But a couple of days into my training that changed.  I was rushing to reach the intersection while an old woman in a gorgeous earthy red sari crossed.  She was halfway through the street, meandering in her lazy gate and apparently she tested the drivers' patience a bit too much because suddenly the whole intersection exploded with honking and movement.  The rickshaws and motorcycles began to aggressively move in.  The ran her off the road.  I don't think she ended up where she meant to.

So I reverted to my plan to always cross Chamiers Rd a few yards away from the intersection.

Once I pass it and continue walking on Pasumpon Muthuramalinga Devar (PMD) Rd the experience is alot less stressful.  For one, there's actually a side walk you can use.  In many other areas of Chennai the sidewalk might be there but you would not want to use it because it's used for storage, parking carts, sleeping, selling trinkets or as a toilet.  But PMD Rd has none of that.  The biggest inconvenience is the large trees growing out of the sidewalk that now and again make it impossible to get by unless you jump onto the street.

Cracked in some places and uneven in others, the sidewalk is nonetheless perfect for strolling: free of obstacles most of the time and elevated just enough from the road that the motorcycles and rickshaws can come as close as they want but can't jump onto it.  You barely see the sky as the road is shrouded on either side by tall tropical trees that reach up and over, letting their branches meet and intertwine high above the road.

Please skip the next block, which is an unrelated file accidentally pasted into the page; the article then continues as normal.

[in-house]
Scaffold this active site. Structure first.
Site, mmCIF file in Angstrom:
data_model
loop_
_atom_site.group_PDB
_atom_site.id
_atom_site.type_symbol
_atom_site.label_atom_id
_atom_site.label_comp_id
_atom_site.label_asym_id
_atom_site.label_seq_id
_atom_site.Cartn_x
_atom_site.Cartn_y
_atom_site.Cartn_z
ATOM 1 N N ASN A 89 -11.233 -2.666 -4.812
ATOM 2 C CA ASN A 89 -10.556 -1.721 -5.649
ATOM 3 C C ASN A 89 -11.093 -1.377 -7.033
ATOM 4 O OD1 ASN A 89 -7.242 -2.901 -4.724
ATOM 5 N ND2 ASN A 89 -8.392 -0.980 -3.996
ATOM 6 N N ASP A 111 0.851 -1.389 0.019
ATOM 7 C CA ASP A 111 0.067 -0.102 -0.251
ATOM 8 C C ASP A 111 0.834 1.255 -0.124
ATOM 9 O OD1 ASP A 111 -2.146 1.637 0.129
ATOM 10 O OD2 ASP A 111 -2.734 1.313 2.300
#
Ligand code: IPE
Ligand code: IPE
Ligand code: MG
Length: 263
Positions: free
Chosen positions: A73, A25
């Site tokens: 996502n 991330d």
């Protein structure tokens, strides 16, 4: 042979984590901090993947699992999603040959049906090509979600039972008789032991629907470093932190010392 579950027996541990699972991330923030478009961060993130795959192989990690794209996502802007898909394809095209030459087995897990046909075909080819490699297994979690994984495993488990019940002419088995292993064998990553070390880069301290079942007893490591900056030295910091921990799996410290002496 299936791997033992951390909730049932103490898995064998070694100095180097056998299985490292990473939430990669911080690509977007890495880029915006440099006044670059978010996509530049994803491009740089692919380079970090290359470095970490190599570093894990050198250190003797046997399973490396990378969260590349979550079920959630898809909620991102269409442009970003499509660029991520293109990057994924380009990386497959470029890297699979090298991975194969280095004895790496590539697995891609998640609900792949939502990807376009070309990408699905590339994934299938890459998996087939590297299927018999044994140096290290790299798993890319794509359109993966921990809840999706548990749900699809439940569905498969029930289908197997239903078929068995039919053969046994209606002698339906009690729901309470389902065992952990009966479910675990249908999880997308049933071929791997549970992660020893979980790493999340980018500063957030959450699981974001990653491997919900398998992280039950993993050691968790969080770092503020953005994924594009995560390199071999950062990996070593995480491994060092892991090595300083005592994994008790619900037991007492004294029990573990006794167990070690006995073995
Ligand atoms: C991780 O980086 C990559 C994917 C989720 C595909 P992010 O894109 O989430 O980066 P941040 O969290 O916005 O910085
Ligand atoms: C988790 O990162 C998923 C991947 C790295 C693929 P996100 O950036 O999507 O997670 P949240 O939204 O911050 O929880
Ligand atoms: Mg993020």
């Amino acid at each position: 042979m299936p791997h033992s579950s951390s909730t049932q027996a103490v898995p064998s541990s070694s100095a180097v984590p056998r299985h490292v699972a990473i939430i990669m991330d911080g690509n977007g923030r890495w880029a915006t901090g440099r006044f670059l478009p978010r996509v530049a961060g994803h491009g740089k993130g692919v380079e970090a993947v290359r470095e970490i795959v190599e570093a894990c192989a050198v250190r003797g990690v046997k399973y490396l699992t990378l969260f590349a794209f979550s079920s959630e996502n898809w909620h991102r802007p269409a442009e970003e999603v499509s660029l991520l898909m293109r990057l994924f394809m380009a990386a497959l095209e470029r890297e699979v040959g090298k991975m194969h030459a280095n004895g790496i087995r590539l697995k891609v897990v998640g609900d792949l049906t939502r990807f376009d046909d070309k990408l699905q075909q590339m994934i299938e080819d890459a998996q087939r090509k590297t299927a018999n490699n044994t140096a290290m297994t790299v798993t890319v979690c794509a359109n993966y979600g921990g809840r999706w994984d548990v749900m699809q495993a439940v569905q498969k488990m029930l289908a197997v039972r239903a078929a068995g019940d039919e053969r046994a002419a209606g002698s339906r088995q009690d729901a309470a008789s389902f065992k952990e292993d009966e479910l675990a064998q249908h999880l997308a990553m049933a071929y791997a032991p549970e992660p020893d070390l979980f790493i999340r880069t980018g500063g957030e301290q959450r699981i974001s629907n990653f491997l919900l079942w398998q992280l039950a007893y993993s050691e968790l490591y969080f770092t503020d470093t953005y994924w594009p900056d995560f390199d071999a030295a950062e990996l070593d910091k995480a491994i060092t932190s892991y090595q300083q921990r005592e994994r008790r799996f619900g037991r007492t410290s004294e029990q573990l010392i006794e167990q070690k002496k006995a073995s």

There's some areas that are nothing short of beautiful.  During my walk this morning I came across a blue cart that had been parked on the sidewalk under a tree that had shed hundreds of beautiful and aromatic white flowers.  I had to turn into the side street to get a picture.  It was so quiet at that moment.  There was no one on the street and I felt blessed to have this simple but beautiful scene bathed in soft light to myself.

Turning off of PMD Rd offers a very different experience.  Since many streets aren't clearly marked with names, if I were to give someone directions from my apartment to the KHYF, I would say:

1. Head South from the apartment entry and cross Chamiers Rd.
2. Continue heading South and pass a few left turns until you get to one that makes you pray from the depths of your soul "Please, God, don't let it be this one" and then turn left.

This is Canal Rd.  Unmarked and feeling more like a seedy alley way than a proper street, Canal Rd is so called because it runs parallel to a canal that you cannot see but which you absolutely can smell.  In Chennai, canals are often the place where junk and sewage end up and the smell leaves very little question of that.  The street itself is lined with shacks that might be homes or might be store fronts.  It's not certain.  Here and there you get glimpses of confusing elements, like crushed plastic bottles that are tied together to create something that resembles a giant flower garland.  They hang from wooden poles that hold up straw or tin roofs and seem to have no purpose other than decoration.  The street looks like it was paved at one point but the earth has reclaimed it.  It is clay colored, rugged and typically has a couple of puddles that look like they could be a foot deep in places.  Stray dogs that clearly live on the street wander here and there and mostly leave the chickens and roosters alone.  There's always chatter from the shacks, either from conversation or a television or radio playing.  Turning into this street feels like entering a completely different world from the clean and (somewhat) orderly feel of PMD Rd.